Download our FREE printable Playbook of Recovery to help keep medications, treatment facilities, doctors’ specialties and more all in one location. This amazing tool helped the Slye Family and we hope it can help you too.
The treatment for any type of condition is often long and involves various doctors’ specialties, treatment facilities, clinics, medicines, and equipment. Hopefully most of the treatments, hospital stays, tests and medications are paid for by the individual’s health care insurance. Patients are asked for a variety of medical insurance information from the moment they arrive at a doctor’s office. Most have their medical card with them, but probably don’t know much about the terms of their insurance. FIND OUT NOW!
At the same time, generally under emotional stress, families begin to receive information concerning the condition of their loved one. This information is often fragmentary and incomplete but it is an indication of tests, procedures and timeframes to come. To fight this disease, people not only have to want to get better, they need to have an organized approach to the process. In our healthcare field today, modern medical technology is truly miraculous, but doctors and nurses are specialists, overworked and simply don’t have the time to consult with other doctors who are also treating the patient. Someone else has to take responsibility for managing the patient’s treatment process. That person is generally a spouse, a parent or an adult child. Yes, you can retain a patient’s advocate, but it is both costly (not paid for by insurance) and they represent multiple individuals. You have to take management responsibility!
Updating friends and family
Collect business cards from every doctor, treatment center, pharmacy, etc. Date each of them as you receive them. Using the note cards, jot down pertinent contact information, cell phones, etc. Completely fill out the primary contact sheet. Do the same for the notification sheet. Families, friends, and workers both need and want to know what is going on. Be proactive. Establish a small group that you give progress reports to and let them tell others. Create a group email list for weekly update. If you don’t, you won’t be able to manage the incoming calls.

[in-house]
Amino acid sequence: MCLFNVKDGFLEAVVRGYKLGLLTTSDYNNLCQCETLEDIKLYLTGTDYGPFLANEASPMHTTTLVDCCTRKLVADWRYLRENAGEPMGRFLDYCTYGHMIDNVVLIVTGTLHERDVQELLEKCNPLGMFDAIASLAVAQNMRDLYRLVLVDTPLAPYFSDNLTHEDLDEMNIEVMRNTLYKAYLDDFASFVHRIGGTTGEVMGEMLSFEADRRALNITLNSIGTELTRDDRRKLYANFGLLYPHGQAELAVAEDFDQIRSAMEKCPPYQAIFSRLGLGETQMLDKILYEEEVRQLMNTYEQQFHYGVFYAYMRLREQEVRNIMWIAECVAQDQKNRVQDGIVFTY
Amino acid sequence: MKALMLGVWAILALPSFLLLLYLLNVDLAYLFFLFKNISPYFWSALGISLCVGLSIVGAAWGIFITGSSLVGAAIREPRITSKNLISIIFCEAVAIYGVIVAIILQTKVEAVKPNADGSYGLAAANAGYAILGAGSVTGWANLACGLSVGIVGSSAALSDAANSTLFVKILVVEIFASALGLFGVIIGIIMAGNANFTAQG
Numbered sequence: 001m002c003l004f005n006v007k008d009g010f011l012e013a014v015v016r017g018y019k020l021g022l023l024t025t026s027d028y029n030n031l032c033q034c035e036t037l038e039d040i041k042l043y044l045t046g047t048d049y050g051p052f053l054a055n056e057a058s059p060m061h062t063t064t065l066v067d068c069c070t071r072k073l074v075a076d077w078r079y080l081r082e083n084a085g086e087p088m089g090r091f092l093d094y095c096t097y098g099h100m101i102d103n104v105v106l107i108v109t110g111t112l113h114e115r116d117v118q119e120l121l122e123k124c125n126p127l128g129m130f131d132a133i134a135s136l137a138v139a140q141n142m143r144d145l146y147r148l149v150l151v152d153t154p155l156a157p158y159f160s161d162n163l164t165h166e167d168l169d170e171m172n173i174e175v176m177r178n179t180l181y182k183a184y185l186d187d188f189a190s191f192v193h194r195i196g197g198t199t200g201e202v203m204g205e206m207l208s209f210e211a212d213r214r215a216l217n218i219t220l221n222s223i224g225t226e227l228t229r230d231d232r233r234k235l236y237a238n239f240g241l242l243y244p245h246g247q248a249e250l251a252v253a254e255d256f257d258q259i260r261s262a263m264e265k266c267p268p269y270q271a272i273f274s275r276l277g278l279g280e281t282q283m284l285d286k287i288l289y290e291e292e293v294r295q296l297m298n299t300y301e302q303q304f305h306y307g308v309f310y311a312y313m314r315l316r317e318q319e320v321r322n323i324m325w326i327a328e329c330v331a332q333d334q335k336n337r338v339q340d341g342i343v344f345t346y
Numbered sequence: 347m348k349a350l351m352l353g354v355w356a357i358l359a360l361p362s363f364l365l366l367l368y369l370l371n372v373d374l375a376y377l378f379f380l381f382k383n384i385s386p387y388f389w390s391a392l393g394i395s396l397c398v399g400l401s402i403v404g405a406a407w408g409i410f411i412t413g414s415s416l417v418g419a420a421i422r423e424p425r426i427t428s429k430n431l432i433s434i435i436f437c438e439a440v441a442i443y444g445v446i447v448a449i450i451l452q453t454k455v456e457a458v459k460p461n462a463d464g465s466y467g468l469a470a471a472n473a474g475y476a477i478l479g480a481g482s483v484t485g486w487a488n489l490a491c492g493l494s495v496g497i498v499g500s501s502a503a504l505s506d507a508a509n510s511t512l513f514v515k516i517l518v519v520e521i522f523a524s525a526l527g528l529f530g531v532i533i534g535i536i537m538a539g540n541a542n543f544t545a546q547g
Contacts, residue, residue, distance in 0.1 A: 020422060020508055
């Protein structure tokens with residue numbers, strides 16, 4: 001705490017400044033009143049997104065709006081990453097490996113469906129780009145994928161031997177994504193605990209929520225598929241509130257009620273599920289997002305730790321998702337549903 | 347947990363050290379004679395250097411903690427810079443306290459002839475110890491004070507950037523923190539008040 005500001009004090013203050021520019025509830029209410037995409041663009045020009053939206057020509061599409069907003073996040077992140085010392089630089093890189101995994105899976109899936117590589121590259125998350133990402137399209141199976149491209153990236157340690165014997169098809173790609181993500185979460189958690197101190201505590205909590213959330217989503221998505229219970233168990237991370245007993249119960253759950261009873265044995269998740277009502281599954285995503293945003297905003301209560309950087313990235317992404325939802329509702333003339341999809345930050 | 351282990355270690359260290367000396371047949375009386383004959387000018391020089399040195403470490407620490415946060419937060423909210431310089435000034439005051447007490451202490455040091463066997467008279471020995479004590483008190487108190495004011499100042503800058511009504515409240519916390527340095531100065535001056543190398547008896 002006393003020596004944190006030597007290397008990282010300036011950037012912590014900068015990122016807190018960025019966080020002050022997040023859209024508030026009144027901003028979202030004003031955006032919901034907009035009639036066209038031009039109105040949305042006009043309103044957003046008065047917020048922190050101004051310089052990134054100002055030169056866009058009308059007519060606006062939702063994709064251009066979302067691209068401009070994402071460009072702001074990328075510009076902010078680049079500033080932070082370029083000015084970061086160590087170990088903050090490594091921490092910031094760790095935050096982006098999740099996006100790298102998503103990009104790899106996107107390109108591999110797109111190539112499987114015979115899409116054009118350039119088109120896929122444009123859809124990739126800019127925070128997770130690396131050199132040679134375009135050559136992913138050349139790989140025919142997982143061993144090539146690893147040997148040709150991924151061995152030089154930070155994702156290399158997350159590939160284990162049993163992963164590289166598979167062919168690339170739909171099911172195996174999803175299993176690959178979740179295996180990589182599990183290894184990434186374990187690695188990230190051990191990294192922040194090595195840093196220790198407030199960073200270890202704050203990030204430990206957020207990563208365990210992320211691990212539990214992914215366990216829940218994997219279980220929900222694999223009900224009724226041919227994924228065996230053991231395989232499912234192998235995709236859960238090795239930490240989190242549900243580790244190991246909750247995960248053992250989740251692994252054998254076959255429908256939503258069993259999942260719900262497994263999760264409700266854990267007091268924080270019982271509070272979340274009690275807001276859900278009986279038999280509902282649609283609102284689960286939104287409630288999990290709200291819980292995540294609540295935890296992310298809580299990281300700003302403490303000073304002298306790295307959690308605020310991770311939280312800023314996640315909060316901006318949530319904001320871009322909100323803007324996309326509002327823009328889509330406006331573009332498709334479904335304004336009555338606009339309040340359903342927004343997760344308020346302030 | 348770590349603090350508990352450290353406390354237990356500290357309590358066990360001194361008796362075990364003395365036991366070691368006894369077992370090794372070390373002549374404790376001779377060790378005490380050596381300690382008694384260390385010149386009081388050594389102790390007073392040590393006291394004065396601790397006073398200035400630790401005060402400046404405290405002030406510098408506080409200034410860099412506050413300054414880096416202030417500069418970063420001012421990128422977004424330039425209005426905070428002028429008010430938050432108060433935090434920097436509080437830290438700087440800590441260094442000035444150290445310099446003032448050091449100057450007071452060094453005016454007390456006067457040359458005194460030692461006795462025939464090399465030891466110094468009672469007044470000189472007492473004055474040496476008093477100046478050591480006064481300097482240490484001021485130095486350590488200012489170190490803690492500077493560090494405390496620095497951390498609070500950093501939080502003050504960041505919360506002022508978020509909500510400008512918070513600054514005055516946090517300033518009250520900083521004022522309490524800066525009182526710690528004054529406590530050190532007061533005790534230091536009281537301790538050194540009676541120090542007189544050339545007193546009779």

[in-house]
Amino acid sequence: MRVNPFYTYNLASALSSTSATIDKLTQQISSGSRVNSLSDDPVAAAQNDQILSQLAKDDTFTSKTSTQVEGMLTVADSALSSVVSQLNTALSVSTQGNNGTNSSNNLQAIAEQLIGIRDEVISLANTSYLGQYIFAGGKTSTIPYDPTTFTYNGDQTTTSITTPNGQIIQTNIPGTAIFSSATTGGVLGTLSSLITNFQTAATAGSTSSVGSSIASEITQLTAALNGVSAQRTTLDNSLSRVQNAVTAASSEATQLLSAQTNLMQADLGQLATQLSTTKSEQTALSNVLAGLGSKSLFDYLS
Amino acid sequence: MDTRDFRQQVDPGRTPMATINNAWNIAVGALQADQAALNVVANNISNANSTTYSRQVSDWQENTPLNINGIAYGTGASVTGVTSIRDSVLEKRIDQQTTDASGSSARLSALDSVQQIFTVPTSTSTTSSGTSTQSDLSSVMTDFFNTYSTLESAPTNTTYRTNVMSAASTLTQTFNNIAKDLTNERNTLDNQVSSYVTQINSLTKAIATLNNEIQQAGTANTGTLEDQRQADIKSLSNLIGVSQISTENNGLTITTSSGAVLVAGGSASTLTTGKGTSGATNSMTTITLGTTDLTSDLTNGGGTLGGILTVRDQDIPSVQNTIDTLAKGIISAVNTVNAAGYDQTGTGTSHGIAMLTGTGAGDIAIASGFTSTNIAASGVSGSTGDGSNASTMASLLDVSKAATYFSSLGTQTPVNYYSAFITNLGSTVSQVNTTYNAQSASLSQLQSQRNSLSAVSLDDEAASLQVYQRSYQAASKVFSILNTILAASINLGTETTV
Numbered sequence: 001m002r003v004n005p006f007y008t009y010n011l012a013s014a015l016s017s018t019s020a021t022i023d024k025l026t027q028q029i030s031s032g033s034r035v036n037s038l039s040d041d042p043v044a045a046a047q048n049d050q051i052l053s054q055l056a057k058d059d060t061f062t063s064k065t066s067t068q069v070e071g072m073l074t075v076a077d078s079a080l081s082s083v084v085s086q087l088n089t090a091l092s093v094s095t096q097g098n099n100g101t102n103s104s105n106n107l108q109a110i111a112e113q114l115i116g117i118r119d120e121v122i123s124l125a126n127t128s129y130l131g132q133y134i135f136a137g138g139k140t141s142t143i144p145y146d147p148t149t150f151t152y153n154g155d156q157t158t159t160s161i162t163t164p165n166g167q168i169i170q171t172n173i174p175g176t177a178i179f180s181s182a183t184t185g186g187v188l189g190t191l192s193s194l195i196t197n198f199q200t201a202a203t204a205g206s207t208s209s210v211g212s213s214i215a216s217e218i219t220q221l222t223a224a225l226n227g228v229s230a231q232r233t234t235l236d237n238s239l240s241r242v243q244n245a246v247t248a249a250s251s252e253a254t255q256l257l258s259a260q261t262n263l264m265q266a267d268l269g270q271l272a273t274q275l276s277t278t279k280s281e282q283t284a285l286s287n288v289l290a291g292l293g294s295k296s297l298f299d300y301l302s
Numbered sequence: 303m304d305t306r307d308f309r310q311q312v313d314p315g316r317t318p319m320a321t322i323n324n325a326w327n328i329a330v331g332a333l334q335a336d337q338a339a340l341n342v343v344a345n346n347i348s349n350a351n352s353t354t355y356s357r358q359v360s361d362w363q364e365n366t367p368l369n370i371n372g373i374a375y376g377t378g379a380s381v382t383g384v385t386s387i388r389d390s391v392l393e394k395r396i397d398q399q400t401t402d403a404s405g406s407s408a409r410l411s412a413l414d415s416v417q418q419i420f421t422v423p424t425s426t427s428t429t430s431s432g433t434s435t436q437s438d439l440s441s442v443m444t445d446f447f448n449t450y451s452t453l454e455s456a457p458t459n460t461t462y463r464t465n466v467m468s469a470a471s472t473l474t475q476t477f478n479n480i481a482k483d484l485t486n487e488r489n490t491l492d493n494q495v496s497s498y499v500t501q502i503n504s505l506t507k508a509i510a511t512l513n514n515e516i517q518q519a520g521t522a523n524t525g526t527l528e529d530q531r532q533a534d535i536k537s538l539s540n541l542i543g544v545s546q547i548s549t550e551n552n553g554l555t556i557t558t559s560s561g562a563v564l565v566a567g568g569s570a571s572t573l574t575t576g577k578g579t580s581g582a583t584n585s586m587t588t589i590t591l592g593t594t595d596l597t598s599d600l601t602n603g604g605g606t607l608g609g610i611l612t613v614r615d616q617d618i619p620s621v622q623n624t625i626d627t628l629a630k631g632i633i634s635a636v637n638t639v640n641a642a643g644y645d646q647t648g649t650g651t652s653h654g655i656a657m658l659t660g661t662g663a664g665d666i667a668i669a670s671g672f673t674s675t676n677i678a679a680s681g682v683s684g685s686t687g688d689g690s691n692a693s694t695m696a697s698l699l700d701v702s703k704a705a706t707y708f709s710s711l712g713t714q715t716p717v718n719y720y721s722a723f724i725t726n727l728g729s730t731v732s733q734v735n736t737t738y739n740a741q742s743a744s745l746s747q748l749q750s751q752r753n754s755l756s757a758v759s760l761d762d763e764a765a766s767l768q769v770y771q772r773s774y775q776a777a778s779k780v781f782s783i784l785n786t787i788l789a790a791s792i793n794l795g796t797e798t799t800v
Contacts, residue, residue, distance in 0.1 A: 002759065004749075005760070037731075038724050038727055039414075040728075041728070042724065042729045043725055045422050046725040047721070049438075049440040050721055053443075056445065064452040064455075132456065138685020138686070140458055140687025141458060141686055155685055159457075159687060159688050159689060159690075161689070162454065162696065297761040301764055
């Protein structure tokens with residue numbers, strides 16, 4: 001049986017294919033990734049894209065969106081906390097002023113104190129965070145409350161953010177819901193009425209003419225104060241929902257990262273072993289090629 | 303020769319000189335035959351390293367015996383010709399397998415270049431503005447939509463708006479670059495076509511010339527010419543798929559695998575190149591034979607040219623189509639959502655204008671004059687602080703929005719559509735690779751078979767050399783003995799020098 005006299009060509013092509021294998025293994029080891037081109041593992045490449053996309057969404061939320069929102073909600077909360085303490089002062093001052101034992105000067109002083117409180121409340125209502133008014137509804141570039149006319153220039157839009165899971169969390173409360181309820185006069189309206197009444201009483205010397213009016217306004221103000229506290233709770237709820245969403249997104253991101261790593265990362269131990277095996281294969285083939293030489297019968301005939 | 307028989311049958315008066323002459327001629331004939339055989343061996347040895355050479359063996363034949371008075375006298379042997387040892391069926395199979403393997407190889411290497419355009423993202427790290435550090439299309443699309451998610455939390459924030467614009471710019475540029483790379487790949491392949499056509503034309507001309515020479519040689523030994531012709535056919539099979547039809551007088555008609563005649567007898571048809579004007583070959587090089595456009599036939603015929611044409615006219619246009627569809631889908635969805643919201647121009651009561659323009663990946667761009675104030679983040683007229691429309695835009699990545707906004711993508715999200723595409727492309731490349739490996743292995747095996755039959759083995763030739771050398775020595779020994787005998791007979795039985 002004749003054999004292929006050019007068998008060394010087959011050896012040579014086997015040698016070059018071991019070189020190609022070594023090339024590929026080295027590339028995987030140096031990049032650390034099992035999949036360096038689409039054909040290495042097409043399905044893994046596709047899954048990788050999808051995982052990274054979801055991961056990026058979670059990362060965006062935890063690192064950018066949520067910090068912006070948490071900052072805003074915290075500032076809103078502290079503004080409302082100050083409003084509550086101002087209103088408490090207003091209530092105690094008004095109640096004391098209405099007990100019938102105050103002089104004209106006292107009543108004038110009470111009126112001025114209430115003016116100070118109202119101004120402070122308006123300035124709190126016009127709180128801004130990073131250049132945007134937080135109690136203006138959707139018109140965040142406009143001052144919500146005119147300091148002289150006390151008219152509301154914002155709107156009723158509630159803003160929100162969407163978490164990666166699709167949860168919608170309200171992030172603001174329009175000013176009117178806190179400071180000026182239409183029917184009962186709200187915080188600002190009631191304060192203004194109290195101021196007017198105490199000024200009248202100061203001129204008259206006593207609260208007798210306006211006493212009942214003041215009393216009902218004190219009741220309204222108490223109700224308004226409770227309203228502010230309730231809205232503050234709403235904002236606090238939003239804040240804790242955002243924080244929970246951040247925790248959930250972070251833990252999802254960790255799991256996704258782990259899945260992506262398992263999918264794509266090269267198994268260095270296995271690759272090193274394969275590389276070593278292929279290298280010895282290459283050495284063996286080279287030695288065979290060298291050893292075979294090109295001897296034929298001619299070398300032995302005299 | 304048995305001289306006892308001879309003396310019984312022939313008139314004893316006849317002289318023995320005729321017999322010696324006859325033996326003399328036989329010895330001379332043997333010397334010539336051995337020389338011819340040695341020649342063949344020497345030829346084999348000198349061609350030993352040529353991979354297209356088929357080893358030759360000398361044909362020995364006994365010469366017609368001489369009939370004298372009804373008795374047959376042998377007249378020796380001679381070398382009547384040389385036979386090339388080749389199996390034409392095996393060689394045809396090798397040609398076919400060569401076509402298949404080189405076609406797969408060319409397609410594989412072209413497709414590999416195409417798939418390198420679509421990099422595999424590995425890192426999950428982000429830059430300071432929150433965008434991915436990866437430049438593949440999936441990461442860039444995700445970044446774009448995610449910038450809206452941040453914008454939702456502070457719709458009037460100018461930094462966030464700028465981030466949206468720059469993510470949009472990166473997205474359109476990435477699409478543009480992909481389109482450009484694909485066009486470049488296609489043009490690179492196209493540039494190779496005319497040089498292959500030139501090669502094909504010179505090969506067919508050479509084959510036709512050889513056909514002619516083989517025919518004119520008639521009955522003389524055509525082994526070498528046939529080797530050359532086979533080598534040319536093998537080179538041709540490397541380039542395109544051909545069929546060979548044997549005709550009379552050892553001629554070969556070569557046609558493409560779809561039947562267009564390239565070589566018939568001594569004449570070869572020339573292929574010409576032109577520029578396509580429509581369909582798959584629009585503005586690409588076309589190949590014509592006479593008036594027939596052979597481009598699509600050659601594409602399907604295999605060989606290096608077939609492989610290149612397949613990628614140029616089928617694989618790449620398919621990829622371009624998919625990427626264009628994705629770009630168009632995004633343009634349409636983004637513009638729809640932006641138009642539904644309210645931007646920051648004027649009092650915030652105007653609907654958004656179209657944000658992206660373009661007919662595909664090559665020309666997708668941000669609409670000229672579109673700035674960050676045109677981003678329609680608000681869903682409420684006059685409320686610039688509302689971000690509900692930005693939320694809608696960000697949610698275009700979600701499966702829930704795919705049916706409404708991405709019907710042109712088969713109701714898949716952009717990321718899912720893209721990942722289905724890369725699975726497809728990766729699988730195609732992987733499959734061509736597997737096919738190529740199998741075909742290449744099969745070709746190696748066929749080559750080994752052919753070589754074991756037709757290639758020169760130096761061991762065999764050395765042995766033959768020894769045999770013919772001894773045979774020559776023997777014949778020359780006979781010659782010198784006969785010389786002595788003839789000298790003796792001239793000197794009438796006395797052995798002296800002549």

Listen, Record, & Talk with each Doctor
Depending on the condition, the patient will be under the primary care of one specialist, but almost certainly, other doctors will be called in. It is critical that you LISTEN to what each doctor says and RECORD the information given at each appointment or consultation. Especially in the hospital room. The value of the book is finessing the flow of information between and among the medical profession. ASK each doctor to read the notes from other doctors concerning both treatment and medications. Record what happens after each treatment. This is especially important for the various medicines that will be prescribed. Keep a complete record for each doctor and show the other doctors. (Keep a medication form in each doctor’s section) Drug interaction can be life threatening.
The types of information that is listed on these pages are familiar to all who have visited a doctor. Unfortunately, there seems to be a growing need for a book like this and the need to take charge of your own medical treatment. Use this book; you’ll be glad that you did.
Additional Usefull Websites
Please find below, links to useful and informative websites for patients, families, and caregivers. Within each website, you will also find additional links and resources.